Red River, New Mexico

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Red River, New Mexico
The town of Red River, New Mexico
The town of Red River, New Mexico
Location of Red River, New Mexico
Location of Red River, New Mexico
Coordinates: 36°42′23″N 105°24′19″W / 36.70639°N 105.40528°W / 36.70639; -105.40528Coordinates: 36°42′23″N 105°24′19″W / 36.70639°N 105.40528°W / 36.70639; -105.40528
Country United States
State New Mexico
County Taos
 • Total 1.0 sq mi (2.7 km2)
 • Land 1.0 sq mi (2.6 km2)
 • Water 0.0 sq mi (0.0 km2)
Elevation 8,671 ft (2,643 m)
Population (2000)
 • Total 484
 • Density 474.9/sq mi (183.4/km2)
Time zone Mountain (MST) (UTC-7)
 • Summer (DST) MDT (UTC-6)
ZIP code 87558
Area code(s) 575
FIPS code 35-62200
GNIS feature ID 0910074
Red River Ski Area with the town of Red River in the background
Red River's main highway often swells with tourists in winter or summer
Town trolley in the annual Fourth of July parade
Looking northwest on Main Street
The Red River Valley historic marker west of the town

Red River is a resort town in Taos County, New Mexico, United States located in the Sangre de Cristo Mountains. The population was 477 at the 2010 census.


The town of Red River began in earnest in the 1870s, when miners from nearby Elizabethtown in the Moreno Valley were drawn in by gold strikes in the area and trappers sought game. It was named after the perennial stream, Red River, that flowed through the town, coming from the northern slopes of Wheeler Peak. By 1895, Red River was a booming mining camp, with gold, silver and copper in some abundance, and a population estimated at three thousand. Mining hit its peak in 1897, and by 1905 the mining and the population dwindled but the town survived, gaining a reputation as a great getaway from hot weather and as a trout fishing paradise. The last serious mining efforts extended until 1931. By that time tourism had become the principal economic livelihood.[1]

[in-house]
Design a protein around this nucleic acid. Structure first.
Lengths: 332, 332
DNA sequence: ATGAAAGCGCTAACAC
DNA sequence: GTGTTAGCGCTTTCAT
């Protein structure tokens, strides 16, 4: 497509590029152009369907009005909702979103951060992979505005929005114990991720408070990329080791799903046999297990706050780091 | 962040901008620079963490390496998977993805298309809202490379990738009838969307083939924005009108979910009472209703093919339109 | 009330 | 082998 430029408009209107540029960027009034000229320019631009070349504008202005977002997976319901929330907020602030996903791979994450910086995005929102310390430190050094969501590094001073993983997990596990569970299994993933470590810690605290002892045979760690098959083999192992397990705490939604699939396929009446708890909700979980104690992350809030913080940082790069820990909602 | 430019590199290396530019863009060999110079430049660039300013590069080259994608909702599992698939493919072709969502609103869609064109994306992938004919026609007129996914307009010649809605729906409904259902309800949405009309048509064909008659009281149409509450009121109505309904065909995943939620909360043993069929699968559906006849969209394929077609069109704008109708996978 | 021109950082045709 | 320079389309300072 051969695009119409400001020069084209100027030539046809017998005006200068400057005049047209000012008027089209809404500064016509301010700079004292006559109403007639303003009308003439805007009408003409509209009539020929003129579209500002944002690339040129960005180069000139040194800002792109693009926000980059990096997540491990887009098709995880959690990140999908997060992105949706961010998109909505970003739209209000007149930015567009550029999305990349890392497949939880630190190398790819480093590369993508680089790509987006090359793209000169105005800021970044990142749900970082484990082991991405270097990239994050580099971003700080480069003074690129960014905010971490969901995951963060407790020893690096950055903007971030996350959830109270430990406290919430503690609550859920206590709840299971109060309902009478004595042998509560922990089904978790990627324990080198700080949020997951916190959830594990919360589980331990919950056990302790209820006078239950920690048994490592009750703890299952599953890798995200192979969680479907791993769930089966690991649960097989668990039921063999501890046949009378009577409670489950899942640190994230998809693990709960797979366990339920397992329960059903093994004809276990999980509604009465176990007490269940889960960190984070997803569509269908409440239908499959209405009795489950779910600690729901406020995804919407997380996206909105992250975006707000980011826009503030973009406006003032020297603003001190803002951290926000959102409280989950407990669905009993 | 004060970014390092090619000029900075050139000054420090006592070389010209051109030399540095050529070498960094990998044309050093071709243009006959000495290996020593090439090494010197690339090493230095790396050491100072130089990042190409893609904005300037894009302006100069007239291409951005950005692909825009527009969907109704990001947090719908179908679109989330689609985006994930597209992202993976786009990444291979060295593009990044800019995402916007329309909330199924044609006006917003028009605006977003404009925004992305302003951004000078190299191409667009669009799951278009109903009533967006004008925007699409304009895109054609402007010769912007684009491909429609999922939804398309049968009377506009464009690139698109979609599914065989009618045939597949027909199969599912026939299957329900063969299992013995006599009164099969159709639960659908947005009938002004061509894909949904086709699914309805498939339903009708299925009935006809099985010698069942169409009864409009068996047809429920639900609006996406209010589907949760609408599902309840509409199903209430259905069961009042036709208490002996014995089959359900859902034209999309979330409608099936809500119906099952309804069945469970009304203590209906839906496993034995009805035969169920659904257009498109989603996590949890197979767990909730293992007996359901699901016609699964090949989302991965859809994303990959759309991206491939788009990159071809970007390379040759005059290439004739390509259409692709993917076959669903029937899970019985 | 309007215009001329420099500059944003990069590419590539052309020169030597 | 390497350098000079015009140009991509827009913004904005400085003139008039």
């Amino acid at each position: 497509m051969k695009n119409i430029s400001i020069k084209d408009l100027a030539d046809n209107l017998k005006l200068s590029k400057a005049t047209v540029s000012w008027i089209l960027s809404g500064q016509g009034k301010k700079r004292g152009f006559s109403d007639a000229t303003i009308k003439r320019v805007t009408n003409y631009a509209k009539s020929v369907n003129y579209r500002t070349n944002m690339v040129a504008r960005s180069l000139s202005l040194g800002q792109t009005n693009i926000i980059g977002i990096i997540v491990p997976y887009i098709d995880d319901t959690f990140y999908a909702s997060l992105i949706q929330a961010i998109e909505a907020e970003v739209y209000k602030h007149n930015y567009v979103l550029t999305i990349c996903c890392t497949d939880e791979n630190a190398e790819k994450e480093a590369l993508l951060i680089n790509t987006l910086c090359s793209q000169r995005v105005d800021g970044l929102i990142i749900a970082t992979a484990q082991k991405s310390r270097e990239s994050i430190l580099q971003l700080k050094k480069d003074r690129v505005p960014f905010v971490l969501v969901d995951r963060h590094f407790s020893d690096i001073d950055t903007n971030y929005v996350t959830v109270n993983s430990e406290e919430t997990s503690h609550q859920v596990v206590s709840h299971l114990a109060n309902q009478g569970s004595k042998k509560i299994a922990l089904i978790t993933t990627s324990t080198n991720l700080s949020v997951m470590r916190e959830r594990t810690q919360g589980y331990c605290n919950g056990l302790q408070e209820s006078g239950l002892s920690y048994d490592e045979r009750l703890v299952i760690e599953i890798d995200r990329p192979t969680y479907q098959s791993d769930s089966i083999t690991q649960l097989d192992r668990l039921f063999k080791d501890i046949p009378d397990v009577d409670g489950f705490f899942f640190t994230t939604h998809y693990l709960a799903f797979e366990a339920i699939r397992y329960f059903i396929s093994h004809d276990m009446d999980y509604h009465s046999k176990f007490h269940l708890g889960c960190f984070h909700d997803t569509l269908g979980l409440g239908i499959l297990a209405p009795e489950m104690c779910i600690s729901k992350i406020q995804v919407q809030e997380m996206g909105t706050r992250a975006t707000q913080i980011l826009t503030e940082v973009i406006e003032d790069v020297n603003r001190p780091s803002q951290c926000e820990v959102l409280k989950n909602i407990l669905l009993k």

Red River is located at 36°42′23″N 105°24′19″W / 36.70639°N 105.40528°W / 36.70639; -105.40528 (36.706311, -105.405271).[2] Red River is located in the southern Rocky Mountains, part of the Sangre de Cristo Mountains and is completely surrounded by the Carson National Forest.

According to the United States Census Bureau, the town has a total area of 1.0 square mile (2.6 km2), all land.


As of the census[3] of 2000, there were 484 people, 234 households, and 138 families residing in the town. The population density was 474.9 inhabitants per square mile (183.2/km²). There were 880 housing units at an average density of 863.5 per square mile (333.1/km²). The racial makeup of the town was 92.56% White, 1.03% Native American, 3.72% from other races, and 2.69% from two or more races. Hispanic or Latino of any race were 9.30% of the population.

There were 234 households out of which 20.1% had children under the age of 18 living with them, 49.6% were married couples living together, 5.6% had a female householder with no husband present, and 40.6% were non-families. 32.9% of all households were made up of individuals and 6.8% had someone living alone who was 65 years of age or older. The average household size was 2.07 and the average family size was 2.60.

In the town the population was spread out with 16.7% under the age of 18, 7.0% from 18 to 24, 27.1% from 25 to 44, 35.5% from 45 to 64, and 13.6% who were 65 years of age or older. The median age was 45 years. For every 100 females there were 97.6 males. For every 100 females age 18 and over, there were 98.5 males.

The median income for a household in the town was $31,667, and the median income for a family was $39,792. Males had a median income of $31,667 versus $19,750 for females. The per capita income for the town was $17,883. About 5.4% of families and 9.7% of the population were below the poverty line, including 7.4% of those under age 18 and none of those age 65 or over.


The main industry in Red River is tourism. Red River is located at the base of the Red River Ski Area, located 8,750 feet above sea level in the southern Rocky Mountains. Winter activities include skiing, snowboarding and snowmobiling. In summertime, visitors can hike, bike, fish, golf and ride horseback in the mountains. The town is serviced by a trolley and bus system which provides access into the upper valley.


  1. ^ Pearson, Jim Berry (1986) The Red River-Twining area: a New Mexico mining story University of New Mexico Press, Albuquerque, ISBN 0-8263-0875-9
  2. ^ "US Gazetteer files: 2010, 2000, and 1990". United States Census Bureau. 2011-02-12. Retrieved 2011-04-23. 
  3. ^ "American FactFinder". United States Census Bureau. Retrieved 2008-01-31. 

External links[edit]

Media related to Red River, New Mexico at Wikimedia Commons